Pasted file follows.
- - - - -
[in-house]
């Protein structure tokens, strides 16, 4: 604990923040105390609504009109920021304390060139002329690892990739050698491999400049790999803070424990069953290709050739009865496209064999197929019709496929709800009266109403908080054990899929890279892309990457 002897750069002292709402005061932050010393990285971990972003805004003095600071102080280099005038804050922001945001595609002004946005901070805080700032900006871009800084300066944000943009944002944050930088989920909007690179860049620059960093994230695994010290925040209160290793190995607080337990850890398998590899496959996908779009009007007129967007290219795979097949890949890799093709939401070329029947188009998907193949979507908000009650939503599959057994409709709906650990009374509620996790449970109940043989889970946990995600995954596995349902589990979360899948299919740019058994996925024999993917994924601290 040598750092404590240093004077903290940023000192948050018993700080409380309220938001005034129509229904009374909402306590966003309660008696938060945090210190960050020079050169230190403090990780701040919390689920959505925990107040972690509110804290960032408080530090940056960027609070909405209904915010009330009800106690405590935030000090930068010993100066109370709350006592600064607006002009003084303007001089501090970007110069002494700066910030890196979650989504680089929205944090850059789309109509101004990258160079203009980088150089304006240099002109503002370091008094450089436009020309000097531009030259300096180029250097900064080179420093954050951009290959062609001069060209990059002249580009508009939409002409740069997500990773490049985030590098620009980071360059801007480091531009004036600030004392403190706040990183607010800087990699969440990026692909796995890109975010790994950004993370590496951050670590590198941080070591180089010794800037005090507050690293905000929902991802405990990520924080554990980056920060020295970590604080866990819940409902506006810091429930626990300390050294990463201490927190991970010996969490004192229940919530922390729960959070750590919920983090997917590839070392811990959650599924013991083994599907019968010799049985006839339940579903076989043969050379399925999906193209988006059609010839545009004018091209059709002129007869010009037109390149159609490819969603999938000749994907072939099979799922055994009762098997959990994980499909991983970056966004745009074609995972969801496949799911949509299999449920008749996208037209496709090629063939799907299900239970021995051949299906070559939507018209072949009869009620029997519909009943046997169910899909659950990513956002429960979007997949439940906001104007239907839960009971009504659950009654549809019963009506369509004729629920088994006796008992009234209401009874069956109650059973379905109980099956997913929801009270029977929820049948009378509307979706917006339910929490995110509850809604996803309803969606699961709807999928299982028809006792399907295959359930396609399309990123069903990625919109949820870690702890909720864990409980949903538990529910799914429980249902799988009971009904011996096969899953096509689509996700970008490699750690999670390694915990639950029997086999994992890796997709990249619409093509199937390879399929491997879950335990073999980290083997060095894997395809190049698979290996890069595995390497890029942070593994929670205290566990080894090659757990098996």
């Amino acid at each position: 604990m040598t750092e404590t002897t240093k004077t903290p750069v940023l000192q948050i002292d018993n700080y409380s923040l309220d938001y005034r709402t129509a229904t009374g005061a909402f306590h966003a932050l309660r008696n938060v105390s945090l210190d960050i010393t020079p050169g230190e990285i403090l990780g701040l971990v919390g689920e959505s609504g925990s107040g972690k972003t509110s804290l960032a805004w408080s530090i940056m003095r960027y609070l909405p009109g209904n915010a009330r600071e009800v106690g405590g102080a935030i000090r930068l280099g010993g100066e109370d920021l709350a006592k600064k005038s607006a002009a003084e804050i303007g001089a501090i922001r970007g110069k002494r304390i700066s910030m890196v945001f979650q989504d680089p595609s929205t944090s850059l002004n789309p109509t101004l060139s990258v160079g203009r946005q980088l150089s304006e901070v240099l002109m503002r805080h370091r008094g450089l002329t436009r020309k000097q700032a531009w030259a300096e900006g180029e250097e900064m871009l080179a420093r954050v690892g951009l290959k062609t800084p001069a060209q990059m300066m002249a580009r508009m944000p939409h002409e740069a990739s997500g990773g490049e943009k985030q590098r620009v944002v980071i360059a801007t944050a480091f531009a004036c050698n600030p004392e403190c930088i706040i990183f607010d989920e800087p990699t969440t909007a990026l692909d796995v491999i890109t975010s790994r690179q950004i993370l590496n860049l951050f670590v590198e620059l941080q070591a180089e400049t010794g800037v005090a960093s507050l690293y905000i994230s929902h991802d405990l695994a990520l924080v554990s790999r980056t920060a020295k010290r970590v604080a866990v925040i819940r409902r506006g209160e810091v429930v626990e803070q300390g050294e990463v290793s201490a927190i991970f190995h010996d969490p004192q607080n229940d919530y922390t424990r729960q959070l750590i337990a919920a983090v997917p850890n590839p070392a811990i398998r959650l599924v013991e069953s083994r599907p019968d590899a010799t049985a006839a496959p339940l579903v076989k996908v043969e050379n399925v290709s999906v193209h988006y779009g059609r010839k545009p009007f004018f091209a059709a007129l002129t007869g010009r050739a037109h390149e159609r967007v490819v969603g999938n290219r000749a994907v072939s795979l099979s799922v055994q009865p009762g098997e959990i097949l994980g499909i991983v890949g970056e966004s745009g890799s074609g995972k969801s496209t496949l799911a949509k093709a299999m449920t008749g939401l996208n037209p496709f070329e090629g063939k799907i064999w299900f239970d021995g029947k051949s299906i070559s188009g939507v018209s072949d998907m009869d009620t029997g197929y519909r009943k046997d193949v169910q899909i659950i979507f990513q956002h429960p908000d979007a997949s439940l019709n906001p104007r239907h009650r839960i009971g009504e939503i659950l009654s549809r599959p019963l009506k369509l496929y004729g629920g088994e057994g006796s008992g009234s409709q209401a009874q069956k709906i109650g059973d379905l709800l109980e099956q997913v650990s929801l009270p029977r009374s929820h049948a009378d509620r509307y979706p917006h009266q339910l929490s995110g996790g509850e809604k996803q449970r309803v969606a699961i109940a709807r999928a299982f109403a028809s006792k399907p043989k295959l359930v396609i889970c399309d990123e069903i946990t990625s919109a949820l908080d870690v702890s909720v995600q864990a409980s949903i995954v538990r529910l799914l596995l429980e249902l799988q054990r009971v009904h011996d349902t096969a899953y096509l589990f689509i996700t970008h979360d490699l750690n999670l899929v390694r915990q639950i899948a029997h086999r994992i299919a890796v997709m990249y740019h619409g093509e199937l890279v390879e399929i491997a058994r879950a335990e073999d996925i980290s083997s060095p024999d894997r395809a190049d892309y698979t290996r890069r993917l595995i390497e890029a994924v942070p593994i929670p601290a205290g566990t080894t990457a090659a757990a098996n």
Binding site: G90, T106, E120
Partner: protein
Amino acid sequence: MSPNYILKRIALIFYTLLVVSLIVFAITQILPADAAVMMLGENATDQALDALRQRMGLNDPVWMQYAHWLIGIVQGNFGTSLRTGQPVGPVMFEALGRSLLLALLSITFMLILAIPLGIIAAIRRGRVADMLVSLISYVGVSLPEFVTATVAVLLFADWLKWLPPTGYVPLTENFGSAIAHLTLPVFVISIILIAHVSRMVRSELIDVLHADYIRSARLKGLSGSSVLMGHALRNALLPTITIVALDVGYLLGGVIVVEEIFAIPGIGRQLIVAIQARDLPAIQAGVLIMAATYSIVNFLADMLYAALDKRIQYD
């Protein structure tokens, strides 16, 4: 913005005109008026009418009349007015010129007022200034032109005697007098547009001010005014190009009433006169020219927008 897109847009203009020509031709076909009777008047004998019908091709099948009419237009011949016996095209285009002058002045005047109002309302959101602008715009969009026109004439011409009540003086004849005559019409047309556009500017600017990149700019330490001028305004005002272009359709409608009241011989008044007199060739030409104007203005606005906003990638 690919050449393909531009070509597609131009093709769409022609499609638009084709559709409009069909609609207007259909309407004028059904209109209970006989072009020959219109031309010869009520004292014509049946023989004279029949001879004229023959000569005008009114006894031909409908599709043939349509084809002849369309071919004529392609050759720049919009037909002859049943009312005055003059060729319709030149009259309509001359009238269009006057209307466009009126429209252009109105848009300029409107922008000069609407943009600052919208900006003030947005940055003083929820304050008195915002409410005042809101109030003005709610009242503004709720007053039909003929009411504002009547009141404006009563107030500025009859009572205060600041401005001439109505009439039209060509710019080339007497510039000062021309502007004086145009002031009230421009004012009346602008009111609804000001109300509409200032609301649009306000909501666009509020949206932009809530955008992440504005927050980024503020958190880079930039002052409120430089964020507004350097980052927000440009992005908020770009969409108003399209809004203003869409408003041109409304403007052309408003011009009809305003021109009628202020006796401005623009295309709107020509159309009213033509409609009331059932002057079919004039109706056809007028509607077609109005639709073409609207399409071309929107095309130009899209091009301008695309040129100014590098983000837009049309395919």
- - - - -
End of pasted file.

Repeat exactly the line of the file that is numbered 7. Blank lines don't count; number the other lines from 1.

């Protein structure tokens, strides 16, 4: 913005005109008026009418009349007015010129007022200034032109005697007098547009001010005014190009009433006169020219927008 897109847009203009020509031709076909009777008047004998019908091709099948009419237009011949016996095209285009002058002045005047109002309302959101602008715009969009026109004439011409009540003086004849005559019409047309556009500017600017990149700019330490001028305004005002272009359709409608009241011989008044007199060739030409104007203005606005906003990638 690919050449393909531009070509597609131009093709769409022609499609638009084709559709409009069909609609207007259909309407004028059904209109209970006989072009020959219109031309010869009520004292014509049946023989004279029949001879004229023959000569005008009114006894031909409908599709043939349509084809002849369309071919004529392609050759720049919009037909002859049943009312005055003059060729319709030149009259309509001359009238269009006057209307466009009126429209252009109105848009300029409107922008000069609407943009600052919208900006003030947005940055003083929820304050008195915002409410005042809101109030003005709610009242503004709720007053039909003929009411504002009547009141404006009563107030500025009859009572205060600041401005001439109505009439039209060509710019080339007497510039000062021309502007004086145009002031009230421009004012009346602008009111609804000001109300509409200032609301649009306000909501666009509020949206932009809530955008992440504005927050980024503020958190880079930039002052409120430089964020507004350097980052927000440009992005908020770009969409108003399209809004203003869409408003041109409304403007052309408003011009009809305003021109009628202020006796401005623009295309709107020509159309009213033509409609009331059932002057079919004039109706056809007028509607077609109005639709073409609207399409071309929107095309130009899209091009301008695309040129100014590098983000837009049309395919």